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Acting techniques

This list has 1 sub-list and 11 members. See also Acting
  • Sreejith Ramanan
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    Sreejith Ramanan is an Indian contemporary theatre director, actor, theatre maker, researcher and theatre-trainer who has been described by the media as "a versatile Indian contemporary theatre actor". Over the course of his wide-ranging career, he has also worked as a choreographer, stage designer, theatre technical director, Sound and Lighting designer. He is best known for his collaborations with cross-cultural theatrical adventures with notable numerous artists, theatre directors, including Hiroshi Koike, Dr Phillip B Zarrilli, Uichiro Fueda, Ram Gopal Bajaj, S.Ramanujam, Abhilash Pillai, Leela Alaniz, Kok Heng Leun and Terence Crawford
  • Improvisational theatre
    Improvisational theatre Theatrical genre featuring unscripted performance
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    Improvisational theatre, often called improvisation or improv, is the form of theatre, often comedy, in which most or all of what is performed is unplanned or unscripted: created spontaneously by the performers. In its purest form, the dialogue, action, story, and characters are created collaboratively by the players as the improvisation unfolds in present time, without use of an already prepared, written script.
  • Teatr Tworzenia
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    Teatr Tworzenia, or The Theater of Creation, Polish avant-garde theater, founded by Jarosław Pijarowski. According to the author's definition it is: "Uninstitutionalized form of realization of creative ideas, consisting on intuitive-improvisational thematic activities; Have on the goal of integration and promotion of creative thought (word, music, theater, paintings) in audio-visual forms. The Theater of Creation does not have a permanent place, which is related to the idea -Live Act - live creation according to a previously accepted scenario, for the audience with no time, space or space constraints, more than once with the audience.
  • Physical theatre
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    Physical theatre is a genre of theatrical performance that encompasses storytelling primarily through physical movement. Although several performance theatre disciplines are often described as "physical theatre," the genre's characteristic aspect is a reliance on the performers' physical motion rather than, or combined with, text to convey storytelling. Performers can communicate through various body gestures (including using the body to portray emotions).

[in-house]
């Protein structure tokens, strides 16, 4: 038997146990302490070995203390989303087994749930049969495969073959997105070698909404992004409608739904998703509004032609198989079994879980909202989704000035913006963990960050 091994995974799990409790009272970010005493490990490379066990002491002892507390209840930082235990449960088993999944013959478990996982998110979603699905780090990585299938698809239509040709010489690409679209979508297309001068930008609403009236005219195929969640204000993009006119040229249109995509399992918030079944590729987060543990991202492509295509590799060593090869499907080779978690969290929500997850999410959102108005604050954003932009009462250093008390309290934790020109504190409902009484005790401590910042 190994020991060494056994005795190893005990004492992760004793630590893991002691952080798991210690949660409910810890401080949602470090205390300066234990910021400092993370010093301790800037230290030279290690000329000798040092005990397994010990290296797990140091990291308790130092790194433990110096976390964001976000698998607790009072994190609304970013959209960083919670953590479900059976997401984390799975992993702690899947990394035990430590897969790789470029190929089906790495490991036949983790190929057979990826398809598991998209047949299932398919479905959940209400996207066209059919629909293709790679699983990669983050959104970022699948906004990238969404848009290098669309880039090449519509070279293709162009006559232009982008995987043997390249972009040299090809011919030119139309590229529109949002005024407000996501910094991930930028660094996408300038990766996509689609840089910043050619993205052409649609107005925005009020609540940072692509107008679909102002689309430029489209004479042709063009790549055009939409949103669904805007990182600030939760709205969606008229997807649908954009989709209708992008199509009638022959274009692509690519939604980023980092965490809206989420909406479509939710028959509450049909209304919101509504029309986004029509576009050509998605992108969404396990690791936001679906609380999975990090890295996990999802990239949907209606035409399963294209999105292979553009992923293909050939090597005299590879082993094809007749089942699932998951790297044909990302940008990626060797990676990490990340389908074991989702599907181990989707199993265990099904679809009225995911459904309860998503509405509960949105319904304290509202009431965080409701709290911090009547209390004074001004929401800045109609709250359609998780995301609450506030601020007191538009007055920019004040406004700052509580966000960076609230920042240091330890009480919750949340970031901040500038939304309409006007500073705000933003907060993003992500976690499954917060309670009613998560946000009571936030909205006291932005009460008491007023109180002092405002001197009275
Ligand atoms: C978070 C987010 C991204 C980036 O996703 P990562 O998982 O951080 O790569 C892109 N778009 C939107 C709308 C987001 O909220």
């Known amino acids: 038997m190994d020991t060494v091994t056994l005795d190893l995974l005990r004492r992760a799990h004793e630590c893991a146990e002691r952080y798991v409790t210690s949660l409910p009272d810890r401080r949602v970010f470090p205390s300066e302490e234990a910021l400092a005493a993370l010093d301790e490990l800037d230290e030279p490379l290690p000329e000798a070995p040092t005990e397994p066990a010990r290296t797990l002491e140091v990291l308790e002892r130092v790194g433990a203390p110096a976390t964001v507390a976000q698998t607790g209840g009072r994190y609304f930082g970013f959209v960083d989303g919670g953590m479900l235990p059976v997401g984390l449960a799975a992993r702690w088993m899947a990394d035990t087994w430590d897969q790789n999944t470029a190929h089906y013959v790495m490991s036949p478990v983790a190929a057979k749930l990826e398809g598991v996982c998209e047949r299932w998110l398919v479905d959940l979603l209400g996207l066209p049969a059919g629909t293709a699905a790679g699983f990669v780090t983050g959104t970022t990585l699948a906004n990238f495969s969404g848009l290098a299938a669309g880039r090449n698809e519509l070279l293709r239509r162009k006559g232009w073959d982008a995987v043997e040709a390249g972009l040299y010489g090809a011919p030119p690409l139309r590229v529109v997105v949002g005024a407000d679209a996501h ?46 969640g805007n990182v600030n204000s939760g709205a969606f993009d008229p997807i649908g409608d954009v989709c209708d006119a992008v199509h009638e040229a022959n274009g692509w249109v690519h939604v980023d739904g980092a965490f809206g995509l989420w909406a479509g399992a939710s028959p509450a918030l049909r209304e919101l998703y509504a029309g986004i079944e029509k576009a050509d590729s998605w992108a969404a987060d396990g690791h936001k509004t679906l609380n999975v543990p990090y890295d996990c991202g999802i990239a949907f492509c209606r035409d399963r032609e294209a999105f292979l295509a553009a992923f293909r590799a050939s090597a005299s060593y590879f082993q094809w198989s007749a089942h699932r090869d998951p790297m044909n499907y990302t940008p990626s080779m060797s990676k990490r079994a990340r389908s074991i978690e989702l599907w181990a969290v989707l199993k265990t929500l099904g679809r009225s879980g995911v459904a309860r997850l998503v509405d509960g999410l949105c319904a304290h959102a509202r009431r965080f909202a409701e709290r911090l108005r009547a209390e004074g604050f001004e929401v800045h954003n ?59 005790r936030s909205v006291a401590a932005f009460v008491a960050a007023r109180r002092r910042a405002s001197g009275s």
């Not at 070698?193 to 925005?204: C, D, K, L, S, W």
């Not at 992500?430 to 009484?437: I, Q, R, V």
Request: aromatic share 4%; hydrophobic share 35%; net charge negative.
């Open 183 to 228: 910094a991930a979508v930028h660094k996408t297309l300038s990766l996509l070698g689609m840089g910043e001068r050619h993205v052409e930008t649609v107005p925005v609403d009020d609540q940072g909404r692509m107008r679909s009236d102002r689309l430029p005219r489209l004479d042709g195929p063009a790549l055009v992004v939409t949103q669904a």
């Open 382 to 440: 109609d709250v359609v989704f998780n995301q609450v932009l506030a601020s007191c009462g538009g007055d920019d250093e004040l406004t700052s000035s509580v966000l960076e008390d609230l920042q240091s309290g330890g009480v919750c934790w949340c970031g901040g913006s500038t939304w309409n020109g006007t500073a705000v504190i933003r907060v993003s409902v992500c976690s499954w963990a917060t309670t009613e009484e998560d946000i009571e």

• Stanislavski's system
    Stanislavski's system System to train actors
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    Stanislavski's system is a systematic approach to training actors that the Russian theatre practitioner Konstantin Stanislavski developed in the first half of the 20th century. Stanislavski was the first in the West to propose that actor training should involve something more than merely physical and vocal training. His system cultivates what he calls the "art of experiencing" (with which he contrasts the "art of representation"). It mobilises the actor's conscious thought and will in order to activate other, less-controllable psychological processes—such as emotional experience and subconscious behaviour—sympathetically and indirectly. In rehearsal, the actor searches for inner motives to justify action and the definition of what the character seeks to achieve at any given moment (a "task").
  • Method acting
    Method acting Training and rehearsal techniques
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    Method acting is a range of training and rehearsal techniques that seek to encourage sincere and emotionally expressive performances, as formulated by a number of different theatre practitioners. These techniques are built on Stanislavski's system, developed by the Russian actor and director Konstantin Stanislavski and captured in his books An Actor Prepares, Building a Character, and Creating a Role.
  • Experimental theatre
    Experimental theatre Genre of theater
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    Experimental theatre (also known as avant-garde theatre) began in Western theatre in the late 19th century with Alfred Jarry and his Ubu plays as a rejection of both the age in particular and, in general, the dominant ways of writing and producing plays. The term has shifted over time as the mainstream theatre world has adopted many forms that were once considered radical.
  • Squat Theatre
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    Squat Theatre (1977–1991) was a Hungarian experimental theatre company from Budapest, which left Hungary for Paris, France, and then New York City, where they built a reputation for experimental theatre.
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    Embodied imagination is a therapeutic and creative form of working with dreams and memories pioneered by Dutch Jungian psychoanalyst Robert Bosnak and based on principles first developed by Swiss psychiatrist Carl Jung, especially in his work on alchemy, and on the work of American archetypal psychologist James Hillman, who focused on soul as a simultaneous multiplicity of autonomous states.
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    The Meisner technique is an approach to acting which was developed by the American theatre practitioner Sanford Meisner.
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